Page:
93. Transcript of Telephone Conversation Between President Nixon and Secretary of State Kissinger 1

K: Mr. President.

N: Hello, Henry. How are we getting along with our Greek friends?

K: The problem in Cyprus is the Europeans have taken a united position that Makarios ought to be brought back and they want us to bring pressure on the Greeks. My worry is that Makarios now has to lean on the Communists and Eastern bloc. All our evidence is that the opposition is in total control of the Island. My recommendation is that first, we get someone over there to make our view clear and secondly, we work for a compromise in which neither Makarios or the other guy take over…. They want us to rake the Greeks but if they get overthrown then that will jeopardize our whole position.

N: I know that. I can see that, but not much support from Europe?

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K: No, but they know we are dragging our feet, but they don’t know exactly what we want.

N: Who are you going to send?

K: Either Ingersoll or Sisco. Ingersoll has the advantage of taking orders well, but Sisco is more knowledgeable.

N: Whatever you decide, it’s alright with me.

K: Sisco is necessary here to manage the thing on a day to day basis.

N: I see. What can he accomplish. Explain to them what we’re trying to do.

K: The danger is this, if everyone runs to Makarios embracing him as the legitimate head… and if the Soviets are the only ones to offer to help restore him, we have no basis for resisting it.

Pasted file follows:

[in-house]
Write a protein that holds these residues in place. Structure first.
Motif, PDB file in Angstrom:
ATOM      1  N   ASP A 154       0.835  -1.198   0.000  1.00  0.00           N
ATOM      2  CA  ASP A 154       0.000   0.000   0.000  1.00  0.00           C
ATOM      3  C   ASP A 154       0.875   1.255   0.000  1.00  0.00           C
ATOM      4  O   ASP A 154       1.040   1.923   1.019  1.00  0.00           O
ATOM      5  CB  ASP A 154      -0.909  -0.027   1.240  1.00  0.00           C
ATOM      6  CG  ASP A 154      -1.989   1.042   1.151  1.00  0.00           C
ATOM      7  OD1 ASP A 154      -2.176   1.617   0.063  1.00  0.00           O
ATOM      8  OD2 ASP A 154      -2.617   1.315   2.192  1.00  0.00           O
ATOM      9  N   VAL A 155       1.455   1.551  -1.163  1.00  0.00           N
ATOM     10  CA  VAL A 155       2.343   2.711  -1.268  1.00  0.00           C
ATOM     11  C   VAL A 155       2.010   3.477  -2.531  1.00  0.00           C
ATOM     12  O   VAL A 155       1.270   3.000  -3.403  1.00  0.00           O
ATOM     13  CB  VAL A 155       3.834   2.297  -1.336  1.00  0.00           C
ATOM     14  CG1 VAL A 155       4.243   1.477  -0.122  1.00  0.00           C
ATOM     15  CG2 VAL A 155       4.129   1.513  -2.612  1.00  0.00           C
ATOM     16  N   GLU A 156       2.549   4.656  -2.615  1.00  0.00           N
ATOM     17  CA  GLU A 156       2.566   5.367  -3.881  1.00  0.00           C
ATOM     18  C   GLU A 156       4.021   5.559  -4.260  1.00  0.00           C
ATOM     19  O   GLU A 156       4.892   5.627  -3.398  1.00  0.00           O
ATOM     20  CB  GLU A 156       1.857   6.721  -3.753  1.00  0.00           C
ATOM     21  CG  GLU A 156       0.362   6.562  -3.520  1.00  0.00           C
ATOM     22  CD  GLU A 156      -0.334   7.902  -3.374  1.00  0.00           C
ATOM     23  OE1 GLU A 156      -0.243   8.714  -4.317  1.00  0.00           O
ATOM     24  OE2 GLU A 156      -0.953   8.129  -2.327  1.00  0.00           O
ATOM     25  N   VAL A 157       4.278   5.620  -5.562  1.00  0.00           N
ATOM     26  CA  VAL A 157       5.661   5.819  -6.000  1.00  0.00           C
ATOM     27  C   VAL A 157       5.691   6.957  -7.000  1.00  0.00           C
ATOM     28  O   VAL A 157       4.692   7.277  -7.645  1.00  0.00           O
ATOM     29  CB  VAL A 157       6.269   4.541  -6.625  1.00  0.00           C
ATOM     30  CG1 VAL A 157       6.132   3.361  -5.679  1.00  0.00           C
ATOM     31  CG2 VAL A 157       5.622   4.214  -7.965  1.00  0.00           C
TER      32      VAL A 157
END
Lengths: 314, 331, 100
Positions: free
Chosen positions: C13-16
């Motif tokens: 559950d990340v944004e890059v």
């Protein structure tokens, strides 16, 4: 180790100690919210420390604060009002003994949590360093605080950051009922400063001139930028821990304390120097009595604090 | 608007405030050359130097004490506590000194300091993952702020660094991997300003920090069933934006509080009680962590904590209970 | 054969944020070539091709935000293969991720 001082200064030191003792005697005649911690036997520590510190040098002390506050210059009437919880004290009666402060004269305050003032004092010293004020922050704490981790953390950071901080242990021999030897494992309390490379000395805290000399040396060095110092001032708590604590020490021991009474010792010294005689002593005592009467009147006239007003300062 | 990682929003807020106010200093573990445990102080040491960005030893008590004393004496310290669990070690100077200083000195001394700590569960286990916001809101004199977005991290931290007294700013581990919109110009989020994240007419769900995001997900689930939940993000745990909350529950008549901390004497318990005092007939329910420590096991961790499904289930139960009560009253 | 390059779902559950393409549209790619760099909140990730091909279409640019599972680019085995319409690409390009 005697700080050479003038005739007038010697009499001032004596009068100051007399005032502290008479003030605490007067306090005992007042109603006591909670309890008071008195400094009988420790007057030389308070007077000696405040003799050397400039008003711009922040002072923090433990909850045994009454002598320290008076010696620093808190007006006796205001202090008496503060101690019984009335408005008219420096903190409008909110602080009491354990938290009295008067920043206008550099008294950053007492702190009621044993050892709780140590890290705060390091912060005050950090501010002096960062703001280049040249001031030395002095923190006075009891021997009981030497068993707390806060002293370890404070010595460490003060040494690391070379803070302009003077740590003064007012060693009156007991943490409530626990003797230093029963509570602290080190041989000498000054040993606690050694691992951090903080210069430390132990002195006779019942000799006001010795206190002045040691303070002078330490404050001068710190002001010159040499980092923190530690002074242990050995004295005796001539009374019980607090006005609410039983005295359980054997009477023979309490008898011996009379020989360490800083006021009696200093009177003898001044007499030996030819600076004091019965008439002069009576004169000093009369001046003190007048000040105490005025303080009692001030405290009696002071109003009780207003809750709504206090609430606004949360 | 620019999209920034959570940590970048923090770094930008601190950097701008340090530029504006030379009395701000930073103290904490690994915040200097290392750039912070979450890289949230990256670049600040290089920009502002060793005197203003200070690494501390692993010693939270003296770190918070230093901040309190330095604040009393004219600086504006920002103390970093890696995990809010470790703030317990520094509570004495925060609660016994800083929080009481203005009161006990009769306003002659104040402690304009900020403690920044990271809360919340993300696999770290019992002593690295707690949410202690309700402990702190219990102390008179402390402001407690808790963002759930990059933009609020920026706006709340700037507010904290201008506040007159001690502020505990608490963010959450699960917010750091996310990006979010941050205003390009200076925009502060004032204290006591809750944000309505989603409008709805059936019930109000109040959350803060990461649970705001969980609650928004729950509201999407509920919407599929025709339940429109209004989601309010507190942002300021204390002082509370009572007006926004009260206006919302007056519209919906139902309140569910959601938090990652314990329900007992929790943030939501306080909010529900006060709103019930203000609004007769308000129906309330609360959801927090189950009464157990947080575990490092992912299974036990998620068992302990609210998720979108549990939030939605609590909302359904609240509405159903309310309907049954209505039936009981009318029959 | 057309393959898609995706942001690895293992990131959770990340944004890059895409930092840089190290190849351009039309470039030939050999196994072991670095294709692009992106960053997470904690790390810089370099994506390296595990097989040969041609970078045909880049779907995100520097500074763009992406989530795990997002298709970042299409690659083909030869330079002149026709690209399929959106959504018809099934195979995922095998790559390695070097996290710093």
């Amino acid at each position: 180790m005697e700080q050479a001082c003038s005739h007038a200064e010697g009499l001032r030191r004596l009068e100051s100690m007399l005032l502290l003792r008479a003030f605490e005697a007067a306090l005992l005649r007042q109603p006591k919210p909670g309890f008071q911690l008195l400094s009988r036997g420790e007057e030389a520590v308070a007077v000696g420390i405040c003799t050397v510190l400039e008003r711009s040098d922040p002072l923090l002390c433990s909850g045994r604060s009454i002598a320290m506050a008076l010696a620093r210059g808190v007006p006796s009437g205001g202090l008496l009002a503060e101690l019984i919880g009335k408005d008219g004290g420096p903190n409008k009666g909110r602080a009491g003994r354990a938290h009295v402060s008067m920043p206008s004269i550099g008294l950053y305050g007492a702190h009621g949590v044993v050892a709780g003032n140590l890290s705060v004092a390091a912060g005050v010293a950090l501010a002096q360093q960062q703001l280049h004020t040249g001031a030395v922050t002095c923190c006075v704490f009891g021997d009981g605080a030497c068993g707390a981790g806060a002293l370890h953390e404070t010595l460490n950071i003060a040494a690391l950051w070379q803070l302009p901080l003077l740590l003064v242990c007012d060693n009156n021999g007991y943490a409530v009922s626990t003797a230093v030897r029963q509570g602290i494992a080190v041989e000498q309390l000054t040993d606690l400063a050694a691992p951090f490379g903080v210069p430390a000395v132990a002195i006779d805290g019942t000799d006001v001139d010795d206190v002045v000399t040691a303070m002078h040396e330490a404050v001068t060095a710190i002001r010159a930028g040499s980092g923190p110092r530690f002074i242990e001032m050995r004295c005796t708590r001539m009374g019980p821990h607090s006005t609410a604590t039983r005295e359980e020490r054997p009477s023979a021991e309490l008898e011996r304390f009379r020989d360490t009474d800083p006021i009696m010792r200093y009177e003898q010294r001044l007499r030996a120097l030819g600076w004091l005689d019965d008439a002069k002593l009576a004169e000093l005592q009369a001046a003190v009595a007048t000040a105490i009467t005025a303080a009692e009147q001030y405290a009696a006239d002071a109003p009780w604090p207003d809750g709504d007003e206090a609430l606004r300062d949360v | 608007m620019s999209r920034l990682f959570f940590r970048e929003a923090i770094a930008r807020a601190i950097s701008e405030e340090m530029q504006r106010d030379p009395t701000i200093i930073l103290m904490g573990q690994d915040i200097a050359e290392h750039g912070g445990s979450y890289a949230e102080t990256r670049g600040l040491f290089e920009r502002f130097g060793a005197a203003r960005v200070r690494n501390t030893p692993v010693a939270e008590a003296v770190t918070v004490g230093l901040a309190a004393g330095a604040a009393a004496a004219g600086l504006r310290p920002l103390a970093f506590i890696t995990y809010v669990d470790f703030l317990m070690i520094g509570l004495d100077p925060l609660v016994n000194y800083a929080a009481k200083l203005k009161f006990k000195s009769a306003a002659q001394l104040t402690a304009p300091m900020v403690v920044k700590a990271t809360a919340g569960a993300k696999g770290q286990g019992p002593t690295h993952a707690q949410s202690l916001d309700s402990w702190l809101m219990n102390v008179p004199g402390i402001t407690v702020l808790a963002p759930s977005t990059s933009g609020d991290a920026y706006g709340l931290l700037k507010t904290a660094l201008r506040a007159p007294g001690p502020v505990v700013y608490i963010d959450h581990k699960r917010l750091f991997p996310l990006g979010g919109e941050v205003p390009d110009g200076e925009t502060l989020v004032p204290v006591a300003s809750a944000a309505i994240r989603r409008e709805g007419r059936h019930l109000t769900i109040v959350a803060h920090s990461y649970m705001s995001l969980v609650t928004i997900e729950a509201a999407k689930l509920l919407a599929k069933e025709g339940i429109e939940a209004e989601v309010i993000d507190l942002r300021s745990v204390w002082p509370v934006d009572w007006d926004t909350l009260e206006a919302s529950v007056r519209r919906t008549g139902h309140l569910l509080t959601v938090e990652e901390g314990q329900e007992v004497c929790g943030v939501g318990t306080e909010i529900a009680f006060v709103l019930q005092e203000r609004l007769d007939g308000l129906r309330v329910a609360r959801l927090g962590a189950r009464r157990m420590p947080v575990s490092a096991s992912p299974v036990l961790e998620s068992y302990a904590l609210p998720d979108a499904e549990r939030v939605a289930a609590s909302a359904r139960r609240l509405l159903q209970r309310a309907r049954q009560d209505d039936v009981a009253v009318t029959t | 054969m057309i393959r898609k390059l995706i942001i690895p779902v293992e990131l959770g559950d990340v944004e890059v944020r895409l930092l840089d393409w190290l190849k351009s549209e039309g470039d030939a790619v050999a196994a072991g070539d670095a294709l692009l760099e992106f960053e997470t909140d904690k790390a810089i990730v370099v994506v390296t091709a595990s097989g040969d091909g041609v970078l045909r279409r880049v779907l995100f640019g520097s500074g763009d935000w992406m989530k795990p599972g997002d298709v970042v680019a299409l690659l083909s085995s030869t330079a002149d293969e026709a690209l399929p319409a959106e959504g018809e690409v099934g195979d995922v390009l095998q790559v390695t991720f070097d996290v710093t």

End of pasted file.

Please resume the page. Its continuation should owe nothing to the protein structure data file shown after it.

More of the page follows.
N: I see the danger. We have no support.

K: We can not openly oppose Makarios but we can try to slow it down enough so that perhaps we can crystalize enough support for an internal solution. The Europeans are talking a tough game, but we have to defend their position.

N: We have to defend their game plan.

K: Exactly.

K: If the Greeks collapse, then the left wing could take over or a bunch of Greek colonels who could throw in with the Quadafi group.

N: It seems to me our course is to try to.…

K: That’s is what I would propose, with your permission, to do.

N: I think it’s a good try.

K: And if it fails, we can join the consensus.

N: That’s right.

K: My analysis is if Makarios is brought back this way, he will have to kick the Greek officers off the island and then the Communists will be the dominant force and to balance the Turks he will have to rely on the Eastern bloc. So the coup will have shifted the balance to the left.

N: I get it. Too bad he has to come back.

K: [1 line not declassified]

N: You have to go ahead. Use either man. You’re much closer to it.

K: Right and I’ll arrange for Ziegler to make the announcement. Sisco 2 and Ingersoll are the two who know our thinking best.

N: Ingersoll is a good calm man, if he knows our position.

K: That’s the advantage of Ingersoll. Well, I’ll keep you informed.

  1. Source: Library of Congress, Manuscript Division, Kissinger Papers, Box 384, Telephone Conversations, Chronological File. No classification marking. The President was at the Western White House in San Clemente July 13–28. (National Archives, Nixon Presidential Materials, White House Central Files, President’s Daily Diary) Kissinger was in Washington.
  2. Kissinger called Sisco at 5:10 p.m. with the decision that he leave for London later that evening. (Library of Congress, Manuscript Division, Kissinger Papers, Box 384, Telephone Conversations, Chronological File)